Time for clear commitment on Derry university expansion
The debate on the expansion of Magee is one we have had for 50 years, now it's time to end the talk and ensure Derry has the university it deserves.
I do not refer to the Lockwood report and its 50-year anniversary just because there is some nostalgic notion about 1965. It is because that was a great wrong that was committed on the people of the North West by the government of the day. The reason we in Derry reference the report time and time again is because it is a wrong that has never been righted - I think that it is about time it was.
If you look through some of the papers from 1965, you will see that the government of the day was originally going to use the Lockwood report just to close down Magee, even in the limited way that it was operating at that time. However, it was felt that, because of some of the protests that were happening, Magee would have to remain in place. The attitude was: 'Throw it the bone of a few arts courses and that will keep the people of Derry happy'. It did not. It is clear that attitude still exists in some quarters. Well, we are still not happy. We believe very strongly that unless we address the issue Derry is never going to be able to reach its full potential, indeed Northern Ireland is not going to be able to reach its full potential.
If you look at all the economic league tables, you will see that Derry and the North West in general are at the wrong end of them. It is a point that I have made before. The Derry City Council area has the lowest economic activity in the North at 55%, with the Northern Ireland average being 67%. We have the highest percentage of Job Seeker's Allowance claimants across Ireland or Britain. We are second only to Strabane, our new council partner, in the number of long-term claimants that we have. This is not an argument about a university just for the sake of having an argument about a university; it is an argument about the economy. Every economist in the world I have talked to, read about or listened to understands that, without real investment in skills, you can never reach your economic potential.
We have heard a lot of discussion about corporation tax, which many people have described as a game changer. If you ask the business people, the community sector and the political activists in Derry, the game changer for us is Magee's expansion. Corporation tax is one fiscal tool in any government's armoury. However, if you were to ask anyone who is looking to invest, they will tell you that the most important thing when they look at different cities and sites across the world is skills. Skills are the number-one thing when you are seeking to attract foreign direct investment and encourage entrepreneurs to set up companies and create jobs.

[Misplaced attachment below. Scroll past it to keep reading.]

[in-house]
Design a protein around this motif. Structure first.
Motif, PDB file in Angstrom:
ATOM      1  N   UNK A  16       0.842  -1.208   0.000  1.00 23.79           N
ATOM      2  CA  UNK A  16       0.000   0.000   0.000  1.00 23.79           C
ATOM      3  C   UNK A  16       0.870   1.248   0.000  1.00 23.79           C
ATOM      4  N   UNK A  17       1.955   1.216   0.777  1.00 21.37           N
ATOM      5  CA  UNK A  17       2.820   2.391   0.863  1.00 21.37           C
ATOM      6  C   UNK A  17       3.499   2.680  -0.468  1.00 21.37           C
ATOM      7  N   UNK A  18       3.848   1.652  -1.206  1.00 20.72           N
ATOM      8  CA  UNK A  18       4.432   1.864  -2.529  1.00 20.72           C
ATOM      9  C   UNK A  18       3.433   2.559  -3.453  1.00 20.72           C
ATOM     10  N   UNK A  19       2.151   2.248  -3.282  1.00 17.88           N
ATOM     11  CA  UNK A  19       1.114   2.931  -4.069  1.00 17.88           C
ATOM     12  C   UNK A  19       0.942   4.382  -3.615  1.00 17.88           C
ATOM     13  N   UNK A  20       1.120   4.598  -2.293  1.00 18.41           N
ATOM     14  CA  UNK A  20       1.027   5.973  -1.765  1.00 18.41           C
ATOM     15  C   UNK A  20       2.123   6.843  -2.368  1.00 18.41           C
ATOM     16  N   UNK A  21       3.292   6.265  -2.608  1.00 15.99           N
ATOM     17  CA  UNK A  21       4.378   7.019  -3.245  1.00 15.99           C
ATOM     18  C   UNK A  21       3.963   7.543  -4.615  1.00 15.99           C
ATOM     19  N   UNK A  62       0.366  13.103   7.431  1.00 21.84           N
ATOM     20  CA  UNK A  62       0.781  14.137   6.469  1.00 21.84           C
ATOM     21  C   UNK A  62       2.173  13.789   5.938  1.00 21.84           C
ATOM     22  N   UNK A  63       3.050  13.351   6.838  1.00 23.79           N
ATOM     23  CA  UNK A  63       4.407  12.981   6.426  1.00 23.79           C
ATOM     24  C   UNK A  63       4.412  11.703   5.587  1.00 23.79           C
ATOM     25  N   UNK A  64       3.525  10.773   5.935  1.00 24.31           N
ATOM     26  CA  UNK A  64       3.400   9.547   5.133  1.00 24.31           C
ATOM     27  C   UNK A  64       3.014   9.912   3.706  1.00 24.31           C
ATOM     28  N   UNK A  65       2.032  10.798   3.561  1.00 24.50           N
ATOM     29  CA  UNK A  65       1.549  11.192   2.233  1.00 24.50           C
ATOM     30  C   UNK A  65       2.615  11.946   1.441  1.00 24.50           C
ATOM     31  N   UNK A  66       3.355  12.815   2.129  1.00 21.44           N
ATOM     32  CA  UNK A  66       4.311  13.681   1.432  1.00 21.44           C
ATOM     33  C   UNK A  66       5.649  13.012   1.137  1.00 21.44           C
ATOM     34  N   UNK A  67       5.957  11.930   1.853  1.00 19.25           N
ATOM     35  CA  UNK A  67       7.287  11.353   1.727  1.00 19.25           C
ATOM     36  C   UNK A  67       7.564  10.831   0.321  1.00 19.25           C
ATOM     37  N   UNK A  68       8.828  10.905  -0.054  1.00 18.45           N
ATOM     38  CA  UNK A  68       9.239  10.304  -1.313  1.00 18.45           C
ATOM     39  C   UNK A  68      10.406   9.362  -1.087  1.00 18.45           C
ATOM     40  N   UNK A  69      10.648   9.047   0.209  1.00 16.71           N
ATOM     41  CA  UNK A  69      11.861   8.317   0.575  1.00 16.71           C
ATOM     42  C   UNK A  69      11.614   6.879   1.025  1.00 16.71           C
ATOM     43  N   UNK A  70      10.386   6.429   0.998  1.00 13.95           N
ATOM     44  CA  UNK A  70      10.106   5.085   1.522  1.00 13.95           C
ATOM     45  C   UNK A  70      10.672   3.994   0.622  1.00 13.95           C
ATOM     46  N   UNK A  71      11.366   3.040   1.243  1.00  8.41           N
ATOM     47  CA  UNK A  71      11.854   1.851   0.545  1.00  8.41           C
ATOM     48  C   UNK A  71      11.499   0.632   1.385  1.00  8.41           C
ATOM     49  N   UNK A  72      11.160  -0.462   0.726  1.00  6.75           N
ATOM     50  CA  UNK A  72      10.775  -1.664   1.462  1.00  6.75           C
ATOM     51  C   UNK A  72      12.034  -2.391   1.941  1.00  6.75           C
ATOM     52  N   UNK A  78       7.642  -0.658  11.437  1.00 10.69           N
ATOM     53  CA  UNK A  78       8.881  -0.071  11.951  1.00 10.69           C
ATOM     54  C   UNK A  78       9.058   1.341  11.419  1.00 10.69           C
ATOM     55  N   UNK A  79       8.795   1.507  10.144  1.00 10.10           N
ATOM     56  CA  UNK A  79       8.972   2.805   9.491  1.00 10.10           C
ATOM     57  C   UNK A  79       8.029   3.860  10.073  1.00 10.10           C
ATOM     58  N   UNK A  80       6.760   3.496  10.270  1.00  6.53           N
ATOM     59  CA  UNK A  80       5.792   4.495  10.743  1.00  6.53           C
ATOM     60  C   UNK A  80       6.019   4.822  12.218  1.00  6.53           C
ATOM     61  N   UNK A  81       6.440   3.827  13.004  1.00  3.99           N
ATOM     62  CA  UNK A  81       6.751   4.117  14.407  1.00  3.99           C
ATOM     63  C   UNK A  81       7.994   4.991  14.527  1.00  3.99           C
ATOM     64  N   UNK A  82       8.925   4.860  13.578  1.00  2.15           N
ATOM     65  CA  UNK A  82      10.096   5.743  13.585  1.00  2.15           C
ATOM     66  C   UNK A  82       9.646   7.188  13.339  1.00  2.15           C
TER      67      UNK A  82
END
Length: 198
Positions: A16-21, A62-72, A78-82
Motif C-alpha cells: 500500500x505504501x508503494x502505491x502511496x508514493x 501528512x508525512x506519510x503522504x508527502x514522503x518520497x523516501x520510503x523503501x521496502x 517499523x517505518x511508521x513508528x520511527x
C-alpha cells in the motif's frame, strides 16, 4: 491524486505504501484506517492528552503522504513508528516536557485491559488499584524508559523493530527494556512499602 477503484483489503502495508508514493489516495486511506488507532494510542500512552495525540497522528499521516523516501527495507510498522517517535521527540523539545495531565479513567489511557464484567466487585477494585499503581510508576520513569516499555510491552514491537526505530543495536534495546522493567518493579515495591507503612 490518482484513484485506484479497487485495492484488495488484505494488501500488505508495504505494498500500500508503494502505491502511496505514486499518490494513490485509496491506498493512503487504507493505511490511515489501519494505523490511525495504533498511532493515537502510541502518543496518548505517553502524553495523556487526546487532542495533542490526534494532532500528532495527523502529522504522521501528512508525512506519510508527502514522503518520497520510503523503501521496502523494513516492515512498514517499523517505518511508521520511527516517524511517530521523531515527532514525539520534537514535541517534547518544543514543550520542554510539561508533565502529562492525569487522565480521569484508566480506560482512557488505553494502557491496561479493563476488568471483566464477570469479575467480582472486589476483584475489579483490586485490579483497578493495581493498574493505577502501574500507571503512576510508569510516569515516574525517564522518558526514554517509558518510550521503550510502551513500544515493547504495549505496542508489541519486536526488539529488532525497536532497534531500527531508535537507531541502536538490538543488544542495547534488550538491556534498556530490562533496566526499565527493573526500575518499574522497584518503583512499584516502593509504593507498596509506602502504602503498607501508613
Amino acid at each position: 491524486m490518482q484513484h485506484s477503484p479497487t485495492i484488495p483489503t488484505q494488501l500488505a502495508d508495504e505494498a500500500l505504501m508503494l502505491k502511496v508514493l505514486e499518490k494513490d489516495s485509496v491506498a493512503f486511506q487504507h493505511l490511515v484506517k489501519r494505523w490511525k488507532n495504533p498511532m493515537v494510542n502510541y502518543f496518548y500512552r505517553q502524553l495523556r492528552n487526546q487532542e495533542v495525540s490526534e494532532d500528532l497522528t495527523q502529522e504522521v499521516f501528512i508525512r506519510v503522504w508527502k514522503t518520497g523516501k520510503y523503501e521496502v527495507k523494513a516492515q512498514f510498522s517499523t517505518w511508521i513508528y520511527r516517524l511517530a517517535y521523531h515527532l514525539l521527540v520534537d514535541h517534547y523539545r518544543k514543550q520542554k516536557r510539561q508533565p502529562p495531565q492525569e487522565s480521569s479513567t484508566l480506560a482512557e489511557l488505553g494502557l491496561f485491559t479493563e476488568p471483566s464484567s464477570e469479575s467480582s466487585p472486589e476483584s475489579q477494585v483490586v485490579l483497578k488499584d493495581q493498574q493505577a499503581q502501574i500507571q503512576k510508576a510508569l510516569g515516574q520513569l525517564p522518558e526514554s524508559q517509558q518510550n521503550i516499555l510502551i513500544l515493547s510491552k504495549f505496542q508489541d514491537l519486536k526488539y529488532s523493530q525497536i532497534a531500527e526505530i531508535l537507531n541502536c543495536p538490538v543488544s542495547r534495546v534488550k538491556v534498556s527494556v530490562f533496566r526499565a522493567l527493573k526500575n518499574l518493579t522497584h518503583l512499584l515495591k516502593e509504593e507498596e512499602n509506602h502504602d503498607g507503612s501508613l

North East Donegal has had a 12·5% rate of corporation tax for over 30 years. However, they have had no real university provision and no motorway provision, and, unlike the rest of the South, they have suffered unemployment as Derry has. The Southern Government understood that they needed to put universities into Galway, Cork and Limerick with the right kind of courses, whether pharmaceutical or IT courses, and that they needed a decent road network. They also understood that corporation tax would be beneficial, but that it would not work without those other fundamentals.
The expansion of Magee as detailed in the One Plan is an issue of such importance that the decision on it has to be taken by the Executive as a whole. The One Plan was barely mentioned in the Programme for Government. There certainly was no specific commitment to the expansion of Magee to 9,400 places by 2020. That is why we do not have it yet. If you do not have a commitment in a Programme for Government or a Budget, it will not be delivered. We all know the history of that, but we now need to begin to change things for the future.
That is why the SDLP supports the North West ministerial subgroup. In fact, we supported it four years ago when we proposed it to the First Minister and the deputy First Minister in a meeting. We understood that, without a proper ministerial and Executive commitment to deliver the One Plan, it would never happen. I am glad that it has now taken shape, and we think that it is the right place for those types of discussions.
This is not just a discussion about Derry; it is a discussion about the economy and skills across the North. We send 5,400 students to Britain every year. Many of them have to go across the water to find a place because England abolished the MaSN cap whereas we kept it. Fewer than 20% of them return to live and work here. That runs contrary to any argument about trying to develop an economy and you cannot do that unless you make a real governmental commitment to fund higher education places. Fewer than 20% of them ever come home after they do that.
The Executive must commit to investing in university places in Magee - expanding the numbers and providing the right type of courses to attract the right type of investment so that our young people do not have to go to Glasgow, London, Manchester or Australia and never come back. That is a legacy that we have been left with; it is a legacy that we have to address. If we do not do it, we will have paid a disservice to the people of our city and the people of the North in general.